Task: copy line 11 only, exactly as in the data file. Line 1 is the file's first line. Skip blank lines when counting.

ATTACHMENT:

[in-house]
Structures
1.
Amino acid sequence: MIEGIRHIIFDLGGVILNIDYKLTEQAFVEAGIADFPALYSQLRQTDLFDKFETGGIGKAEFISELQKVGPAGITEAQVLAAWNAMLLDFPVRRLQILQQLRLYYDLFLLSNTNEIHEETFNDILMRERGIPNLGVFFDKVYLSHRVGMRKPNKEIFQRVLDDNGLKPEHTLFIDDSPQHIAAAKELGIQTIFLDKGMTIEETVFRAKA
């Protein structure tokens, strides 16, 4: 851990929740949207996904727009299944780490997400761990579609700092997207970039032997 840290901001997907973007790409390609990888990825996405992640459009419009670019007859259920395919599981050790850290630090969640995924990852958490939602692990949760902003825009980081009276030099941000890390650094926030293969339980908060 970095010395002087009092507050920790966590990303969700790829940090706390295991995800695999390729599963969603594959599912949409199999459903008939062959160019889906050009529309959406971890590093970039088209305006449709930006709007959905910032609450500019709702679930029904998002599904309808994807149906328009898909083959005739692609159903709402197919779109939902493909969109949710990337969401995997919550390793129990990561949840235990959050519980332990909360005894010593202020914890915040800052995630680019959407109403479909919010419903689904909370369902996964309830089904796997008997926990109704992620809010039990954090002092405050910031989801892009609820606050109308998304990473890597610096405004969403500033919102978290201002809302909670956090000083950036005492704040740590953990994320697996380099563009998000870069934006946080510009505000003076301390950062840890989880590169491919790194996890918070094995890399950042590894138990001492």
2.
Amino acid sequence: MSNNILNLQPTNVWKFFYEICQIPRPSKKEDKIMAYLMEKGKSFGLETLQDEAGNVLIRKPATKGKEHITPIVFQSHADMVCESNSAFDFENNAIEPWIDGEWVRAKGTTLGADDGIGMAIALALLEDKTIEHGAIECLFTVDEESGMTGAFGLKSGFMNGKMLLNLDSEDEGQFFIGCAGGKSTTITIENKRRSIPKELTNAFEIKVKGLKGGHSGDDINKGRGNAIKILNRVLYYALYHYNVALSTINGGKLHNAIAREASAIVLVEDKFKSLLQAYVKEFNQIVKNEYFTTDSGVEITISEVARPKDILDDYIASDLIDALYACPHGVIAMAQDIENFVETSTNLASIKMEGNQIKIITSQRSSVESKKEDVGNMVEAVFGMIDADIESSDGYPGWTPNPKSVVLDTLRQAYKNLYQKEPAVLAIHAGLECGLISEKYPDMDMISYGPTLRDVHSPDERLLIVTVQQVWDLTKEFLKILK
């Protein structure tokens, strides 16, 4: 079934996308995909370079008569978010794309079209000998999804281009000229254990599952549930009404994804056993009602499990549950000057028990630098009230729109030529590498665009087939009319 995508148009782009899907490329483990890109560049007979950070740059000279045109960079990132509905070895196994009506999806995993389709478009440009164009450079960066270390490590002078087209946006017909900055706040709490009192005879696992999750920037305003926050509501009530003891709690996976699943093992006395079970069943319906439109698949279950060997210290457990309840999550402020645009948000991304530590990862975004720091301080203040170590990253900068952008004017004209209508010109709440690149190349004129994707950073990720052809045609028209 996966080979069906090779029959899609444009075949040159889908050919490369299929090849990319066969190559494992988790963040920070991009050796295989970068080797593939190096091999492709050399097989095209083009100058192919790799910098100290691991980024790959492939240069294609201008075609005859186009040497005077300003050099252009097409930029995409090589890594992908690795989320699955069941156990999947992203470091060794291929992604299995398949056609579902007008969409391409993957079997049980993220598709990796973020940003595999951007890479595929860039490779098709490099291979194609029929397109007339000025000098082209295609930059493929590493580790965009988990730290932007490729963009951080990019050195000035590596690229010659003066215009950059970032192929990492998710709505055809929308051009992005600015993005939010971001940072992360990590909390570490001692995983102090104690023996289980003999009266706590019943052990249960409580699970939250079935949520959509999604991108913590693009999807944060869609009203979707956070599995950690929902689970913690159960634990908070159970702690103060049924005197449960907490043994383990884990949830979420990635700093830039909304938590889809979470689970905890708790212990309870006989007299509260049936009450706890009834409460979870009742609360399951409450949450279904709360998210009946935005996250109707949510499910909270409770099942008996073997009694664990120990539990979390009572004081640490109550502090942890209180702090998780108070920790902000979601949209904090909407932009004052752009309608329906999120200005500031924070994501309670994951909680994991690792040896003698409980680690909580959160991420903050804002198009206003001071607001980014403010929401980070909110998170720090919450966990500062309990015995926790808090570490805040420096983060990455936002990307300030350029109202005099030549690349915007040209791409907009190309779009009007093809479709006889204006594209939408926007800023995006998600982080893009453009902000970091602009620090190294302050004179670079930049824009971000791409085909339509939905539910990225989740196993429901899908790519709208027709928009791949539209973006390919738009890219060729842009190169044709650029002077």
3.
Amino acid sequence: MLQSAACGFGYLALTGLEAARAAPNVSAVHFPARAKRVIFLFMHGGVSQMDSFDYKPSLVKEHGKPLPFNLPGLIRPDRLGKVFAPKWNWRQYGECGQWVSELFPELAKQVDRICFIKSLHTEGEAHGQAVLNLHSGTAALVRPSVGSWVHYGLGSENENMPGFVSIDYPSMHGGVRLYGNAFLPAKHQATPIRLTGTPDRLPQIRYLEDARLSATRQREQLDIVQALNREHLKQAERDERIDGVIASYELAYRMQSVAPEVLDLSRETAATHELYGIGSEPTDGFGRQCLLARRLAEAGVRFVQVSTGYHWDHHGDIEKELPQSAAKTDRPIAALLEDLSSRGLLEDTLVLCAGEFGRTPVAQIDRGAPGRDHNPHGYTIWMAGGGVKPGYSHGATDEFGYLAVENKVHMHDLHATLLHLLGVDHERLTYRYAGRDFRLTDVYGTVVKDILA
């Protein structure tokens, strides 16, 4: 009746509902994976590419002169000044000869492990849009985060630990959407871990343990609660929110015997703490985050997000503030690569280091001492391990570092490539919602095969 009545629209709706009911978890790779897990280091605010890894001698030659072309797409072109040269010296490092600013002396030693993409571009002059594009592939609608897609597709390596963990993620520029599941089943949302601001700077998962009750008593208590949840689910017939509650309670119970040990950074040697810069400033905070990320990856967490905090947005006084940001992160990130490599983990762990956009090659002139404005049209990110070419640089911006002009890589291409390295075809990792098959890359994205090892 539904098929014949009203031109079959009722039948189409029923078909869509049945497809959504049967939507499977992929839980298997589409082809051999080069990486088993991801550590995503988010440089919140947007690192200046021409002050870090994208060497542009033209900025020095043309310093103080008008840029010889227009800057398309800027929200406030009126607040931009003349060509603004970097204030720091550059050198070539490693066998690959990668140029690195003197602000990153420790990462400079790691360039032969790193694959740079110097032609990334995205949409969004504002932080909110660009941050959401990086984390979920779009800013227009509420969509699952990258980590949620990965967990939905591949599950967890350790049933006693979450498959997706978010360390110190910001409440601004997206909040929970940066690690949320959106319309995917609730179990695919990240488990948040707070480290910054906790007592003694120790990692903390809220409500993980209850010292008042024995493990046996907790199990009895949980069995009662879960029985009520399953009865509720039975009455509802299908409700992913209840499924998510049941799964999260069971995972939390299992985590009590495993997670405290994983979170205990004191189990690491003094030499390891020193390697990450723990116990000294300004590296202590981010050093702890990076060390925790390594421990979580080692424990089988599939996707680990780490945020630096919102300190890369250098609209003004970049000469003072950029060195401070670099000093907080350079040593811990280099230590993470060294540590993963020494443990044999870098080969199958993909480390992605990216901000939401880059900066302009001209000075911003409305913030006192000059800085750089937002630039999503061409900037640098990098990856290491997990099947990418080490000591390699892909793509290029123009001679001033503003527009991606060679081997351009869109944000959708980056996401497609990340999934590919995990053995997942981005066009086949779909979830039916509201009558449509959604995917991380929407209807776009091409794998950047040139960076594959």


């Protein structure tokens, strides 16, 4: 009746509902994976590419002169000044000869492990849009985060630990959407871990343990609660929110015997703490985050997000503030690569280091001492391990570092490539919602095969 009545629209709706009911978890790779897990280091605010890894001698030659072309797409072109040269010296490092600013002396030693993409571009002059594009592939609608897609597709390596963990993620520029599941089943949302601001700077998962009750008593208590949840689910017939509650309670119970040990950074040697810069400033905070990320990856967490905090947005006084940001992160990130490599983990762990956009090659002139404005049209990110070419640089911006002009890589291409390295075809990792098959890359994205090892 539904098929014949009203031109079959009722039948189409029923078909869509049945497809959504049967939507499977992929839980298997589409082809051999080069990486088993991801550590995503988010440089919140947007690192200046021409002050870090994208060497542009033209900025020095043309310093103080008008840029010889227009800057398309800027929200406030009126607040931009003349060509603004970097204030720091550059050198070539490693066998690959990668140029690195003197602000990153420790990462400079790691360039032969790193694959740079110097032609990334995205949409969004504002932080909110660009941050959401990086984390979920779009800013227009509420969509699952990258980590949620990965967990939905591949599950967890350790049933006693979450498959997706978010360390110190910001409440601004997206909040929970940066690690949320959106319309995917609730179990695919990240488990948040707070480290910054906790007592003694120790990692903390809220409500993980209850010292008042024995493990046996907790199990009895949980069995009662879960029985009520399953009865509720039975009455509802299908409700992913209840499924998510049941799964999260069971995972939390299992985590009590495993997670405290994983979170205990004191189990690491003094030499390891020193390697990450723990116990000294300004590296202590981010050093702890990076060390925790390594421990979580080692424990089988599939996707680990780490945020630096919102300190890369250098609209003004970049000469003072950029060195401070670099000093907080350079040593811990280099230590993470060294540590993963020494443990044999870098080969199958993909480390992605990216901000939401880059900066302009001209000075911003409305913030006192000059800085750089937002630039999503061409900037640098990098990856290491997990099947990418080490000591390699892909793509290029123009001679001033503003527009991606060679081997351009869109944000959708980056996401497609990340999934590919995990053995997942981005066009086949779909979830039916509201009558449509959604995917991380929407209807776009091409794998950047040139960076594959």